Prevailing plight of the land of Spice | Daily News

Prevailing plight of the land of Spice

Sri Lanka has always been known as the Island of Spices, but today, the industry faces a number of challenges, many of which are common to the slow deaths of numerous traditional industries, from handicrafts to cultivation.

Those engaged in the spice industry are both smallholders and large-scale cultivators. The Matale district, which is a hub for spices, has suffered great losses during recent times, mainly due to the sharp drop in the prices of spices—especially that of pepper.

Grief of pepper cultivators

J. L. M. Maharoof is one of the many smallholder pepper cultivators living in Matale. His main livelihood is derived from the sale of pepper to those who visit his cultivation. Prior to the downward trend in pepper prices, he had previously sold a kilogram of pepper at prices between Rs. 1,400 and Rs. 1,500, but currently, a kilogram of pepper only fetches Rs. 600—less than half of the usual price, he said.

Maharoof, like many other pepper cultivators, now have to find other alternatives to make a living.

“The government is yet to take any measures to improve the price of Sri Lankan pepper in the local market,” he added.

D. S. Samaraweera of Ukuwela in Matale, in the meantime, said he could no longer afford to hire workers at his pepper cultivation, as the cost of labour and the price of organic fertilizer for his cultivation made production costs too high to be profitable.

Bandula Karunaratne of Udurawana, Wattegama in Matale said he had cultivated 43 acres of pepper and provided employment to many in the area, but since the drop in prices, he has found it difficult to maintain his cultivations.

“The spice trade is mainly run by the private sector; we see very little attention being paid by the government to revive the industry,” said Karunaratne.

A majority of his workers have left for other jobs and for the time being, he has diverted his efforts to develop his coconut cultivation.

Ginger still underground

When it came to ginger, Sarath Kumara of Diddeniya in Melsiripura, Kurunegala, grew ginger seedlings to be sold to other farmers. His seedlings could be sold for Rs. 800 per kilogram, and he was looking to get into the export market.

Kumara’s main complaint was that the Export Development Board did not provide much support for their exports.

No systematic steps had been taken so far to expand ginger cultivation and encourage people in the district to cultivate ginger—a spice which is in high-demand in the world market, he added.

Spice gardens; a tourist trap

Ruwandi Perera, who was trained in Australia and Malaysia on Business Management, is the owner of the Euphoria Spice Garden in Matale. She revealed that many of the guides employed at spice gardens, spoil the country’s reputation by giving wrong information on spices to foreign tourists.

“These self-proclaimed guides know nothing about the ingredients or the diversity of essential oils found in spices. They should be given proper training on spices and their food and medicinal values,” she further said.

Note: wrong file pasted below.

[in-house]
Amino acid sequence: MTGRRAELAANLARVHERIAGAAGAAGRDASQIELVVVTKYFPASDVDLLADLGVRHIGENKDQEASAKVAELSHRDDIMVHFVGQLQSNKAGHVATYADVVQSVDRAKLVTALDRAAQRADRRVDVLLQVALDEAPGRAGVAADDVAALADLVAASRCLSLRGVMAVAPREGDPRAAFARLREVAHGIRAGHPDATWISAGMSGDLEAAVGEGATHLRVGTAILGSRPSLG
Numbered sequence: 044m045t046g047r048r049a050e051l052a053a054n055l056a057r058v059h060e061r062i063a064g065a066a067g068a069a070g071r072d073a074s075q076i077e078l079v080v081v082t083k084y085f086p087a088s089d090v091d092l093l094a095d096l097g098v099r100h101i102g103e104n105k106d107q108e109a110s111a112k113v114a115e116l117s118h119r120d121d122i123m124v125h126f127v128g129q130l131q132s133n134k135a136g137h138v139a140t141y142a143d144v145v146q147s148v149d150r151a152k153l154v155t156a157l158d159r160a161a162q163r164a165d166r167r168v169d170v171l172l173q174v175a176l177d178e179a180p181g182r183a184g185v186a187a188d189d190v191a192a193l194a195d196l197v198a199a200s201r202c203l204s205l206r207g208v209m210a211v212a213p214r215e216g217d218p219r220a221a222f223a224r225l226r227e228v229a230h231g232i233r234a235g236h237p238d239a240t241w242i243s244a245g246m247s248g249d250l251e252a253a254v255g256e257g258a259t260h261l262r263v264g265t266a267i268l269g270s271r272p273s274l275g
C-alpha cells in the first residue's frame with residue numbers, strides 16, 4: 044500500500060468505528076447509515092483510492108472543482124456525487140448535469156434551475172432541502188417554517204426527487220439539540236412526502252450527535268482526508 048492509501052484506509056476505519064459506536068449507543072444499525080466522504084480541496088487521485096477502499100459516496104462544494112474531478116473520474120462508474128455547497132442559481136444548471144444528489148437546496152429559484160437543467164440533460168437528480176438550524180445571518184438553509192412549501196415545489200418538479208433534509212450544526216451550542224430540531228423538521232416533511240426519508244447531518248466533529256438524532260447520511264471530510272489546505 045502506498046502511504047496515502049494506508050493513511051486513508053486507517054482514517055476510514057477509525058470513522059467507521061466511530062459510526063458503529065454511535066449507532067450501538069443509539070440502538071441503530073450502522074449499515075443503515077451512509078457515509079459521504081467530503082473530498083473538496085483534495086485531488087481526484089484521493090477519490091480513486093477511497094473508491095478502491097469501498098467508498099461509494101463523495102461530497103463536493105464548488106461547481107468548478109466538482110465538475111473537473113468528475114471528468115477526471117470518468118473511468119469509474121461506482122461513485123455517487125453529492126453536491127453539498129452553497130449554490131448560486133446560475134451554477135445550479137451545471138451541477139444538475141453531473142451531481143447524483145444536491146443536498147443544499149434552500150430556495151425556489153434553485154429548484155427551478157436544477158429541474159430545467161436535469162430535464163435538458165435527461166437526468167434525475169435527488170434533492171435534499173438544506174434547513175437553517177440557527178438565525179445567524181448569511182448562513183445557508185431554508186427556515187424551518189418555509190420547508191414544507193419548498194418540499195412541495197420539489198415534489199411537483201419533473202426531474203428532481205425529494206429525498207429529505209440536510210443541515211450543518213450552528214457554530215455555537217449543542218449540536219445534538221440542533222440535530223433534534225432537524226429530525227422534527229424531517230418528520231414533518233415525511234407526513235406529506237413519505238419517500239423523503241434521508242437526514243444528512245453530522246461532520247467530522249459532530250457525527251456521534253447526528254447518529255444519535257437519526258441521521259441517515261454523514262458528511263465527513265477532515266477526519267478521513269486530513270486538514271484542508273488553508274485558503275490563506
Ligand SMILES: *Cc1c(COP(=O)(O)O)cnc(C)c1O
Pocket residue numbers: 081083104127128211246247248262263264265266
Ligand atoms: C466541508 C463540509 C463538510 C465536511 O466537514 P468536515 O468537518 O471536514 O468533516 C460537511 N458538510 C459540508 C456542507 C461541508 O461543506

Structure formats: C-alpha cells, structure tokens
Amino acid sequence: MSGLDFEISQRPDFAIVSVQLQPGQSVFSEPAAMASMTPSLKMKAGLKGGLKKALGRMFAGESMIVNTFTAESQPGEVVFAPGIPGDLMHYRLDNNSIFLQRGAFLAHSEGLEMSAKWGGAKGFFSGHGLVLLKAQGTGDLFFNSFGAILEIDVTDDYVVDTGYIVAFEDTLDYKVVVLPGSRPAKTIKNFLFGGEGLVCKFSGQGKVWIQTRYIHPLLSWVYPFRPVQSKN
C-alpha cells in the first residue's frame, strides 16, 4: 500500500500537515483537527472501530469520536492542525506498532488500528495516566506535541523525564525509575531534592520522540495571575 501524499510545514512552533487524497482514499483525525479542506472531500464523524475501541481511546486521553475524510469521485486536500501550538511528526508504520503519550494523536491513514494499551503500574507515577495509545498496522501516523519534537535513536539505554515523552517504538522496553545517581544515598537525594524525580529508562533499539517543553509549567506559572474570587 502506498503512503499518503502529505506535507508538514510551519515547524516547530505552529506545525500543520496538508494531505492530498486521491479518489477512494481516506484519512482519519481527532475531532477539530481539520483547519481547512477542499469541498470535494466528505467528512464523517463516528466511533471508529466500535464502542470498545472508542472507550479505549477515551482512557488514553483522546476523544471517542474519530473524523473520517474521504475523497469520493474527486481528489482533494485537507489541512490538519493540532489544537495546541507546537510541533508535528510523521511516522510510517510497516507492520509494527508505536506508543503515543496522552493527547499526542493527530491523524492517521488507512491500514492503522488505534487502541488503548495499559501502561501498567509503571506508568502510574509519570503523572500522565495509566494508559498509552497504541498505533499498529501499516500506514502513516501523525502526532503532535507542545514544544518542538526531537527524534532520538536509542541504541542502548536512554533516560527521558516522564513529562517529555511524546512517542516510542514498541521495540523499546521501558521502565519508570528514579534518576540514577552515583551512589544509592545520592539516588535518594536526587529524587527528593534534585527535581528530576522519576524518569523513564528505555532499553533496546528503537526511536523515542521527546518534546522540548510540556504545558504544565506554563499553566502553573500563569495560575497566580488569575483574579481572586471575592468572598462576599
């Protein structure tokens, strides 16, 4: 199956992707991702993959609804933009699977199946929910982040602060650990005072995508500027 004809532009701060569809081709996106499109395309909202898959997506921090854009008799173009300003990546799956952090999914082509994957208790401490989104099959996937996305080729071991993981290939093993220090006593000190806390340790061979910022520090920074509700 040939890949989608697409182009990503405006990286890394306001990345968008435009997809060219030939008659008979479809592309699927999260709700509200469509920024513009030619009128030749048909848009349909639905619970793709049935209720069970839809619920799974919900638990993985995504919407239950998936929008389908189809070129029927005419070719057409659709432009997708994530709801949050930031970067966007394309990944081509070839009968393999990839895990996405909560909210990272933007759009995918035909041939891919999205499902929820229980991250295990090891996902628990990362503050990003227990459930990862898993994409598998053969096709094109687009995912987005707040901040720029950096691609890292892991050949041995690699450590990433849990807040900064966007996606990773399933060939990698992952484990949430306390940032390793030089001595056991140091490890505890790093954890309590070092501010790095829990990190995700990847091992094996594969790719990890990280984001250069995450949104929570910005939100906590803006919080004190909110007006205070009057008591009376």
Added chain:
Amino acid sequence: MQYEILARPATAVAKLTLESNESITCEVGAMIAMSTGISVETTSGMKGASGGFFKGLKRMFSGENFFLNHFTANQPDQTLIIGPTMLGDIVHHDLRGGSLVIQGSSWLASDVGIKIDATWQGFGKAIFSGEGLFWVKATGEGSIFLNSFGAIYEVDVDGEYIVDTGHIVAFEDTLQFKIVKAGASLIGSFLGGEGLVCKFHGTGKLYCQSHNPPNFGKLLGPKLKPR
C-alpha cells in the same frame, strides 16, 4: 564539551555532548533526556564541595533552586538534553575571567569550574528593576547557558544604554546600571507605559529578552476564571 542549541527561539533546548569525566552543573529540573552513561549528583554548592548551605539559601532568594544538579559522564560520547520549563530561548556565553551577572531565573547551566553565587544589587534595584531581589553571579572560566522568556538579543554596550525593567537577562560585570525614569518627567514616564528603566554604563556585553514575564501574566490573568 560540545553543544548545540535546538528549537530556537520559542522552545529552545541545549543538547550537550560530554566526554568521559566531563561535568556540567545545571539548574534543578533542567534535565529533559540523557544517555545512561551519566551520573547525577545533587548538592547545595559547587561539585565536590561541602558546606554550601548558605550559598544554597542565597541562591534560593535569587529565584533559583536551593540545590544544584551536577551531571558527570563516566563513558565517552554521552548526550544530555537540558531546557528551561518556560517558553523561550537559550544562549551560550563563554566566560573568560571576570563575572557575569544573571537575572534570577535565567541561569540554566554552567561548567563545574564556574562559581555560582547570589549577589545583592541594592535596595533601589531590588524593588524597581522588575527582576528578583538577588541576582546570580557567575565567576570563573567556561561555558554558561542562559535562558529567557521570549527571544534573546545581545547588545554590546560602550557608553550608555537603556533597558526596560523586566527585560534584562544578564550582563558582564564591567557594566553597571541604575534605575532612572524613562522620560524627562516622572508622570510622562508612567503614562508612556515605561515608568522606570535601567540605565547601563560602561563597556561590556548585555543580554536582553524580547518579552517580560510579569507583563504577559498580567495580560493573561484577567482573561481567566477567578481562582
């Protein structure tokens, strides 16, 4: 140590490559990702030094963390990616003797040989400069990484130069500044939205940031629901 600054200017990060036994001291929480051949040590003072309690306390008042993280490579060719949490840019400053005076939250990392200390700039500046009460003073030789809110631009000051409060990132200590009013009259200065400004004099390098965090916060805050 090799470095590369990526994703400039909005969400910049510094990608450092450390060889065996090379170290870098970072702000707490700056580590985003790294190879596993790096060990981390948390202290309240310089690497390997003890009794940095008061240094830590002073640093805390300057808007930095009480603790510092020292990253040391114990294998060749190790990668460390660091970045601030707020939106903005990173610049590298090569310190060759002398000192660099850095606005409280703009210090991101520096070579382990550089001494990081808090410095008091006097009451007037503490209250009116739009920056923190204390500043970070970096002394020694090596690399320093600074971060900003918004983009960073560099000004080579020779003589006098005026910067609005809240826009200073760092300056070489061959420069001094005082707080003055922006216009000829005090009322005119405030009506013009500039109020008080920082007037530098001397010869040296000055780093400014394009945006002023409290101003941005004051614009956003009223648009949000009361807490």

Perera requested that authorities such as the Sri Lanka Tourist Board and the Export Agriculture Department should step in to rescue the spice trade in Sri Lanka.

If proper action was not taken, Sri Lanka could soon disappear from the map of spice islands, she added.

Reasons behind the decline

When inquiries were made regarding the situation of spices and the low prices paid for pepper in the export market, Kandy Gatambe Export Agricultural Department Director General Dr. A. T. Heenkenda said Sri Lanka provided only five percent of pepper to the world market.

He added that steps would be taken to recover a better price and to further improve the country's local and international spice trade.

Media reports from Vietnam show that the trade imbalance is also affecting its own farmers. Last week, the Vietnamese media reported that pepper growers entering the harvest season of 2018 in the southeastern region of Vietnam, were concerned about the price fall and output reduction because of pests and diseases.

Traders now pay VND 65,000 - VND 66,000 for a kilogram of pepper, accounting for half of the price in the same period last year, they further reported.

Long-lasting rains last year created conditions for pests and diseases to attack pepper crops, resulting in an output drop this year.

“According to statistics, high pepper prices in previous years sent farmers to expand their farming areas to 40,100 hectares in the Ba Ria-Vung Tau, Dong Nai, and Binh Phuoc provinces in 2017. The area far exceeds the plan of of the Vietnamese government, which was to be 12,800 hectares by 2020.

That has broken the supply and demand balance, causing continuous price reductions for the last two years,” said Vietnamese media reports.

Mid last year, Sri Lankan pepper cultivators too took to the streets in protests of falling pepper prices. At the time, they blamed the government’s policy of the excessive importation of pepper over the fall in local pepper prices.

However, an overall look at the industry and a national policy to bring about changes, thus, would impact the spice trade for the better in the country—once again making it the Indian Ocean’s hub of spices. 


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